Road Trip Diaries: 6 incredible stops between Atlanta and Nashville
Whatever you want to call it — the Deep South, the Dirty South, the Southeast — this corner of the country has a reputation for sticky summers, generous hospitality, stick-to-your-ribs cuisine and slow-paced living. But there’s reinvention happening in this region, too, and nowhere is that more clear than on the road from Atlanta to Nashville. These top-tier cities are in the midst of staggering growth: While Atlanta transforms itself from the South’s gritty industrial center to its gleaming corporate capital, Nashville’s legendary country music scene is full of a new creative energy. There’s a lot more to the South these days than barbecue and mint juleps.
1. Sublime Doughnuts
535 10th Street NW, Atlanta, Georgia 30318
It wasn’t divine intervention that told Atlanta local Kamal Grant what he was destined for. Credit goes to a Dunkin’ Donuts exec who spoke to Grant’s high school food service class about experimental taste tests at the doughnut company’s R&D lab. He was immediately hooked, joined the Navy to pay for the Culinary Institute of America and, while circling the globe on behalf of the Uncle Sam, did a world tour of pastries and doughnuts. Back in Atlanta, he brought all of those experiences to life in Sublime Doughnuts, which serves the city’s most delicious fried dough treats round-the-clock, in flavors including sweet potato cake, white chocolate peach fritter and — most popular — fresh strawberry ‘n’ cream.
2. Paddle the Tennessee River
100 Market Street, Chattanooga, Tennessee 37402
The Tennessee River flows through the heart of Chattanooga, and for the past two decades, it has been at the heart of the city’s rebirth, as museums, parks and neighborhoods have sprouted up along its banks, replacing industrial wastelands. Get out on the water — and get a close-up of the transformation — on a paddleboard with L2 Outside (that stands for “Live Life Outside”), a downtown rental company and guide service. Brothers-in-law Dirk Unkle and Seth Bigham can show you the ropes, then set you free to explore the sandstone bluffs beneath the ultra-modern (and very impressive in its own right) Hunter Museum of American Art. Stand-up paddleboard rentals start at $20.
3. Unclaimed Baggage Center
509 West Willow Street, Scottsboro, Alabama 35768
Ever wonder where lost luggage goes? Now you have your answer: The Unclaimed Baggage Center in Scottsboro, Alabama. Part lost-and-found and part miracle thrift store, this 40,000-square-foot superstore buys every lost suitcase in America, sorts through it all, and puts the best stuff on its shelves (a third is recycled, a third is donated to charity and the rest — to the tune of 7,000 items per day — is priced and sold). Vera Wang wedding dresses, designers bags, cameras, Apple watches and even a suit of armor — it’s all here, and at bargain-basement prices.
4. Big Bob Gibson Bar-B-Q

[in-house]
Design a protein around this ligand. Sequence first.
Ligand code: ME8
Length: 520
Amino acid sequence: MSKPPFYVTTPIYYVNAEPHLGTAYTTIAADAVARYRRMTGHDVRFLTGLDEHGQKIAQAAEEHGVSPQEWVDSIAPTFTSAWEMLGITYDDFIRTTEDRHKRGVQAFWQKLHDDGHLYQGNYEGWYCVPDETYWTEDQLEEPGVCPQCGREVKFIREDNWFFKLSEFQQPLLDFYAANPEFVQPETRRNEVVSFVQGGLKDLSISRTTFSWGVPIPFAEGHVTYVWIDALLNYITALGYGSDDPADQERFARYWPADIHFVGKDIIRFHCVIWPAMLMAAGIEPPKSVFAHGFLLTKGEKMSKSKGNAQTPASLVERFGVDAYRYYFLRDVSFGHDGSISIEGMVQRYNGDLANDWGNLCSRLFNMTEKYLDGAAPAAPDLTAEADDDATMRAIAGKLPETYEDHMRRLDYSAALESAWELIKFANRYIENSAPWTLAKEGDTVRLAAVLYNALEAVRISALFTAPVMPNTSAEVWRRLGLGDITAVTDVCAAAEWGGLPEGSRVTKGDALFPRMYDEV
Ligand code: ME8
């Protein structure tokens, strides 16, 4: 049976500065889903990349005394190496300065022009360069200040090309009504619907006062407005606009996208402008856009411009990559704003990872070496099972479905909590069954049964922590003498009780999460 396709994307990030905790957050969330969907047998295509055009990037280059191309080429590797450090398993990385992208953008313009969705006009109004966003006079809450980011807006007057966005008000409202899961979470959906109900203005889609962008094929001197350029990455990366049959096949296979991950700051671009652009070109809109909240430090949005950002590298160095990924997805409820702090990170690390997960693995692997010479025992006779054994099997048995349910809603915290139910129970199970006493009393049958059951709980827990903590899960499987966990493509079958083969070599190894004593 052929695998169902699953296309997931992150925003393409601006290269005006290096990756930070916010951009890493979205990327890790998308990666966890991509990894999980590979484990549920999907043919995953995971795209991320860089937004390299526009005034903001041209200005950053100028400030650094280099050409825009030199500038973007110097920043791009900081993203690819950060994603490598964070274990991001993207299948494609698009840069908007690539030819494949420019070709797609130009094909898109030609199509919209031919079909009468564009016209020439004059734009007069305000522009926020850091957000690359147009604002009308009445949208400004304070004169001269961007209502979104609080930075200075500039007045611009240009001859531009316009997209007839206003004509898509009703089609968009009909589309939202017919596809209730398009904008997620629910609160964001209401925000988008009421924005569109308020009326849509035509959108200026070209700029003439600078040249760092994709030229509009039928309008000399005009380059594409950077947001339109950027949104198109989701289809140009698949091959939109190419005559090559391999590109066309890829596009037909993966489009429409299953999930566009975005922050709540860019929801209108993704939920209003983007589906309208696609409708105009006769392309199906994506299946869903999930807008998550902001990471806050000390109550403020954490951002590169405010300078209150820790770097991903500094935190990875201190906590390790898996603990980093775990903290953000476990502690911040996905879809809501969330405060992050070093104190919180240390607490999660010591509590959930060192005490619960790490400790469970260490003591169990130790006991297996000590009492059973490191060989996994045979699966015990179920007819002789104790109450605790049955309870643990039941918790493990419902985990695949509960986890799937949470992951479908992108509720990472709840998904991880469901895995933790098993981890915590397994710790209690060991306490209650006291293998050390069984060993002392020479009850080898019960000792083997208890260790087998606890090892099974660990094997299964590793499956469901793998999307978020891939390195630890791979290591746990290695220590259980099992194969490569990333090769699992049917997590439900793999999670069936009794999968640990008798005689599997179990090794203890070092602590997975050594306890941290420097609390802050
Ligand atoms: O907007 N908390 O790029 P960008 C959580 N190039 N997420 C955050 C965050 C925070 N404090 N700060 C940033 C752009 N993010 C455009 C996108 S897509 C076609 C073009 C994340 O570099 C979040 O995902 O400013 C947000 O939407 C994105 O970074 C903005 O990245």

1715 6th Avenue SE, Decatur, Alabama 35601
There’s no better place to sample Alabama-style, mayo- and vinegar-based white barbecue sauce, than the very place where it was invented. Bob Gibson started serving pork shoulders and chicken from this backyard in 1925. Nearly a century later, six-time world champion pitmaster Chris Lilly — who married Big Bob’s great-granddaughter — carries on his tradition, smoking pulled pork, St. Louis-cut ribs, beef brisket and turkey breast on long, hickory-fired brick pits. Most famous of all, and a must-try, is the barbecued chicken topped with Bob’s legendary white sauce.
5. Grimey’s New & Preloved Music/The Basement
1604 8th Avenue South, Nashville, Tennessee 37203
Mike Grimes is a Nashville legend, a musical ambassador in a town known far and wide as Music City, U.S.A. As a rock bassist and co-owner of Grimey’s New & Preloved Music — a thriving independent record store that specializes in new vinyl and rare albums — and the rock venue in its basement, he’s done more than any superstar musician to cultivate the city’s impressive music scene. Grimey’s regularly hosts rollicking record release concerts and pop-up performances by the likes of Yo La Tengo, Jason Isbell, The Black Keys and Cold War Kids. Downstairs, The Basement shines a spotlight on local up-and- comers, but also sees big-name acts play intimate “secret” shows on their way through town — Metallica and Mumford & Sons famously rocked this stage. Come here to sift through records, soak up the atmosphere and, if you’re lucky, have a close encounter with music royalty.
6. Urban Cowboy B&B
1603 Woodland Street, Nashville, Tennessee 37206
This hip East Nashville bed-and-breakfast may be a Brooklyn import, but it feels right at home amid the farm-to-table restaurants, cafes, dive bars and live music venues of Five Points. Hoteliers Lyon Porter and Jersey Banks restored an 1890s Queen Anne Victorian mansion, then decorated it with his singular design vision: custom hand-printed Southwest Deco wallpaper and floating clawfoot tubs in all eight experiential suites. A couple of communal parlors — including one filled with musical instruments — encourage conversation and, in true Nashville style, jamming with other guests (“arrive as strangers; leave as friends” is the motto, after all). When the party gets too rowdy, move it out back to Urban Cowboy Public House, a renovated stable that serves wood-fired food and craft cocktails. Suites start at $295.